“Is it true that in Florida the word of a Negro means nothing when weighed against that of a white person?” These words were fateful when written, yet still have resonance today. They were penned in 1951 by Harry T. Moore, an unpaid coordinator for the NAACP in Florida to the then-governor, in protest at outrages surrounding the treatment of black suspects in a high-profile rape case. This was a significant case for the great Thurgood Marshall and the centerpiece for Gilbert King’s tirelessly researched new book, DEVIL IN THE GROVE.
"...tirelessly researched... Drawing on many sources, King, a Supreme Court historian, has brought Justice Marshall to life and revived old memories that die hard, especially since some of the same issues seem to have risen again, born anew in the 'old south.'"
African Americans Walter Irvin and Samuel Shepherd, both U.S. army veterans, stopped late on a hot summer night to help a white couple having car trouble. Those next few hours were the last that the two men would experience in freedom. For reasons never understood, petite, blond 17-year old Norma Padgett, a passenger in the car, accused Irvin, Shepherd and two other black men (one of them completely unknown to the others) of raping her that night. A doctor’s examination, not presented in the trial, revealed no evidence of sexual assault. Norma’s estranged husband, in whose car she was traveling, had gotten a thorough thrashing from Irvin and Shepherd after he insulted them when they were unable to fix his car. Norma’s first reports of the incident didn’t include any rape, nor did she appear at all upset that her husband might be lying gravely injured or dead by the roadside.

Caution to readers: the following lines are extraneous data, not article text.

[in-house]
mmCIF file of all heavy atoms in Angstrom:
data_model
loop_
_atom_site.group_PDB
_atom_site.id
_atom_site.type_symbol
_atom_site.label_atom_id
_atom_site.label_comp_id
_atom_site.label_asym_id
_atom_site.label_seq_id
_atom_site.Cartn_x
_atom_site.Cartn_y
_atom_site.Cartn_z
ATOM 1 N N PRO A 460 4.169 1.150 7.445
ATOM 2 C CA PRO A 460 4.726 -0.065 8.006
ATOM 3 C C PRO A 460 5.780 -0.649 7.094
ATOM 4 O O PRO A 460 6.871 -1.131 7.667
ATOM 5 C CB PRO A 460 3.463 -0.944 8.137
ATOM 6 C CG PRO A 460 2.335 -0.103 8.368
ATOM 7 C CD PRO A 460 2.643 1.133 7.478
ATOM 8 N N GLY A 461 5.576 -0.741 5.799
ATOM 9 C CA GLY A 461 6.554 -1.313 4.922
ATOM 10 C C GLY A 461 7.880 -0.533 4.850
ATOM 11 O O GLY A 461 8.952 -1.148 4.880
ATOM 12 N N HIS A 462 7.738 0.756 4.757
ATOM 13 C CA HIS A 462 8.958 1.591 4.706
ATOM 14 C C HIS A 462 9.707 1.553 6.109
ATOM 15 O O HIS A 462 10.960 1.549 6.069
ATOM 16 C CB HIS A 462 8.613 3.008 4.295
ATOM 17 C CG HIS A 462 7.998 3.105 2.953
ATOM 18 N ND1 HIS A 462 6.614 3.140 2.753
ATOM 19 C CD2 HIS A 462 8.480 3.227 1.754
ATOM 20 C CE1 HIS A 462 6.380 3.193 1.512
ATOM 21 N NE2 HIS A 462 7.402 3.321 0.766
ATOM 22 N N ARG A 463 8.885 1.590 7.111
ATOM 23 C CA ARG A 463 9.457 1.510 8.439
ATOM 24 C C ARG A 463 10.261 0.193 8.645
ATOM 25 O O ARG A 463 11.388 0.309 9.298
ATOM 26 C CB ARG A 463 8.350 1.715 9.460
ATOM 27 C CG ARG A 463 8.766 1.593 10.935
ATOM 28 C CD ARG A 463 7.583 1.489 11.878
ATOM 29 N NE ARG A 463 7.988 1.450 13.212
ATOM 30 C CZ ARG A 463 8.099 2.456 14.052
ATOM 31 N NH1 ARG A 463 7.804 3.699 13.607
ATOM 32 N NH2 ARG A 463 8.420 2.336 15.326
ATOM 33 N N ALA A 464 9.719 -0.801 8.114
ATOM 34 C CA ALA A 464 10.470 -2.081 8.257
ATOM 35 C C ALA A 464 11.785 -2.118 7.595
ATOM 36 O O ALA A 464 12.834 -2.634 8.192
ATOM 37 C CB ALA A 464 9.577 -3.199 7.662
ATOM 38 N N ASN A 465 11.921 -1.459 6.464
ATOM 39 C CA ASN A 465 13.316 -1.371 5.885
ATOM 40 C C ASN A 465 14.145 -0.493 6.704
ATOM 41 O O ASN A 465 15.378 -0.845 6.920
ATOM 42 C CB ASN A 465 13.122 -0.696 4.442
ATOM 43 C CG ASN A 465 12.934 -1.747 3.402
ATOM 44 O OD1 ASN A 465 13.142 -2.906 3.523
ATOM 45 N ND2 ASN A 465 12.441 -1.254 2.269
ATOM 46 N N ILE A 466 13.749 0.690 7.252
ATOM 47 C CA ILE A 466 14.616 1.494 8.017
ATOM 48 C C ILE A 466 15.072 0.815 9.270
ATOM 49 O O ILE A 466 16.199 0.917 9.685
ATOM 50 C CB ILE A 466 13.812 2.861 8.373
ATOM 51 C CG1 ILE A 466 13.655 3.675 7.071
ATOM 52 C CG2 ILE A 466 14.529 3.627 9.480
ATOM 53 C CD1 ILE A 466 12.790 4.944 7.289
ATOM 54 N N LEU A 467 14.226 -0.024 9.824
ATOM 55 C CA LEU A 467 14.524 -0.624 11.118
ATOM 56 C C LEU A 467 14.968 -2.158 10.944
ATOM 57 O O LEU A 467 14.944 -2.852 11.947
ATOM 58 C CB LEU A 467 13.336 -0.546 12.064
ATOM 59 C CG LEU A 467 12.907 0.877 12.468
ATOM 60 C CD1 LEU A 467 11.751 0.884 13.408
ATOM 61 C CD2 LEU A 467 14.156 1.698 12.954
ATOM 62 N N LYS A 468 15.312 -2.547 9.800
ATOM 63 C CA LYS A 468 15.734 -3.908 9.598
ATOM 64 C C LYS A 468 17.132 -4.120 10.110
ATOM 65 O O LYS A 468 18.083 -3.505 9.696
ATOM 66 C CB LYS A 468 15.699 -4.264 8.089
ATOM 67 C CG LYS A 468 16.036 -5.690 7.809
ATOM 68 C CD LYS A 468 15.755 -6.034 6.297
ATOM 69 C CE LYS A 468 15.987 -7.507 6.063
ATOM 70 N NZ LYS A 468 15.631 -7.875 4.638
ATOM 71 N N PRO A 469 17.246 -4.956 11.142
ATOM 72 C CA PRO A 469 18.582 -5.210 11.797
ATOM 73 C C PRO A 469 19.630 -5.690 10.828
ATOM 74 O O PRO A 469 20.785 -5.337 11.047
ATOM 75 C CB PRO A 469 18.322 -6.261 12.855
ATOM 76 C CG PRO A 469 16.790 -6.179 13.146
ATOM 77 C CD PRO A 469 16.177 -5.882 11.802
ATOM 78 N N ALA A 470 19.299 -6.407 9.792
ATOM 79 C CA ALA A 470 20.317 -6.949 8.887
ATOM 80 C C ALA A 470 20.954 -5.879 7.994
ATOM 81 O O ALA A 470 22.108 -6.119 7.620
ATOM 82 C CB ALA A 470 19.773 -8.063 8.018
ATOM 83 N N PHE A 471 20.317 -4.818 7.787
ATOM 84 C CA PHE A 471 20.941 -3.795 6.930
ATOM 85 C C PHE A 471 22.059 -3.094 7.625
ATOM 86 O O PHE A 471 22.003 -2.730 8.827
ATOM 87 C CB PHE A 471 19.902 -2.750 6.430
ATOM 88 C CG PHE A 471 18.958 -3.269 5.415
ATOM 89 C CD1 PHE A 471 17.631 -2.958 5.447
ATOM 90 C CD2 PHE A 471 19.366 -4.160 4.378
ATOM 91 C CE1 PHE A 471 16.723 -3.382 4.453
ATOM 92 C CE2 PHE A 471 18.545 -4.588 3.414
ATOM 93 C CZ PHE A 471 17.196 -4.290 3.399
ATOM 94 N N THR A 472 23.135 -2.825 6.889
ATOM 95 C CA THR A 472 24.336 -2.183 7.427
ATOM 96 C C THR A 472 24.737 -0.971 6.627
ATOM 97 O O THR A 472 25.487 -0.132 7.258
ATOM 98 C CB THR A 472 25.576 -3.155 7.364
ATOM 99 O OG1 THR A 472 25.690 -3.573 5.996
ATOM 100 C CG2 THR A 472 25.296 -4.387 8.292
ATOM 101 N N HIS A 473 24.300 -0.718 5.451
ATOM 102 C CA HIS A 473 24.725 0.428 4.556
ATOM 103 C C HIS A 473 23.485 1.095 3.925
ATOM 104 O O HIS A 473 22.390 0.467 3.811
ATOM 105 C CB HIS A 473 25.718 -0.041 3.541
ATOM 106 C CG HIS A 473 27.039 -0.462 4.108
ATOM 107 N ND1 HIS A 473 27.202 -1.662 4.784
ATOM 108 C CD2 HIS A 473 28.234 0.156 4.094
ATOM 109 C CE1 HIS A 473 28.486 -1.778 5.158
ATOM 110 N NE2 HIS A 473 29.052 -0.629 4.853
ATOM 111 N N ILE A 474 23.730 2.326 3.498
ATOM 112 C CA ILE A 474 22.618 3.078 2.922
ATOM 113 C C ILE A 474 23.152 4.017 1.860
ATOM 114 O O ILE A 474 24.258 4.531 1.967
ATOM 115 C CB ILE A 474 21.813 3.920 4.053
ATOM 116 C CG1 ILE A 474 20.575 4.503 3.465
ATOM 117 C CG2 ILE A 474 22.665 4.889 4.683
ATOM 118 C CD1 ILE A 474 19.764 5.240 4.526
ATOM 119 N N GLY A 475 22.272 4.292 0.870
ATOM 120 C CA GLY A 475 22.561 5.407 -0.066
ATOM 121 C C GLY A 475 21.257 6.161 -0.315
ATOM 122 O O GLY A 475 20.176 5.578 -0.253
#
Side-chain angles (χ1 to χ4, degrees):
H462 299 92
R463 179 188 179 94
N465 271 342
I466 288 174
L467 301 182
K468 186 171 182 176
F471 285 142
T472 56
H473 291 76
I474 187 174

It seemed that the story had been cooked up by her husband and seized upon with unholy eagerness by Sherriff Willis McCall, a man who was heavily involved in the practice of debt peonage, which was legal in Florida at the time, allowing him to arrest any Negro for any reason whatsoever and force him to repay “legal fees” by working in the local citrus groves. McCall had “a tough reputation in the groves” and would use the full force of the law and his natural sadism in the Padgett case, beating or torturing confessions out of at least three of the defendants and later murdering one of them.
Thurgood Marshall, just beginning his legal career by working for the NAACP, took on the cause of the Groveland Four after all hell broke loose in Florida. The Ku Klux Klan stormed in, a posse shot one suspect, houses were burned, and black men fled as cattle trucks filled with angry white men brandishing rifles prowled the region. The story has several heroes, including the above-mentioned Moore, who was assassinated after protesting Sherriff McCall’s killing of Shepherd and attempted murder of Irvin. Newswoman Mabel Norris Reese, whose views on racial justice were swayed permanently and positively by her association with Marshall, became a supporter of the Four. The main villain in the case is obvious: In 1954, Willis McCall reacted to the Brown vs Board of Education case pleaded before the Supreme Court and won by Marshall, by helping to form the National Association for the Advancement of White People, an organization devoted with deadly seriousness to getting rid of “agitators” trying to enforce the law of the land.
The subtitle of DEVIL IN THE GROVE expresses the hope for the “dawn of a New America.” Drawing on many sources, King, a Supreme Court historian, has brought Justice Marshall to life and revived old memories that die hard, especially since some of the same issues seem to have risen again, born anew in the “old south.”
Reviewed by Barbara Bamberger Scott on April 27, 2012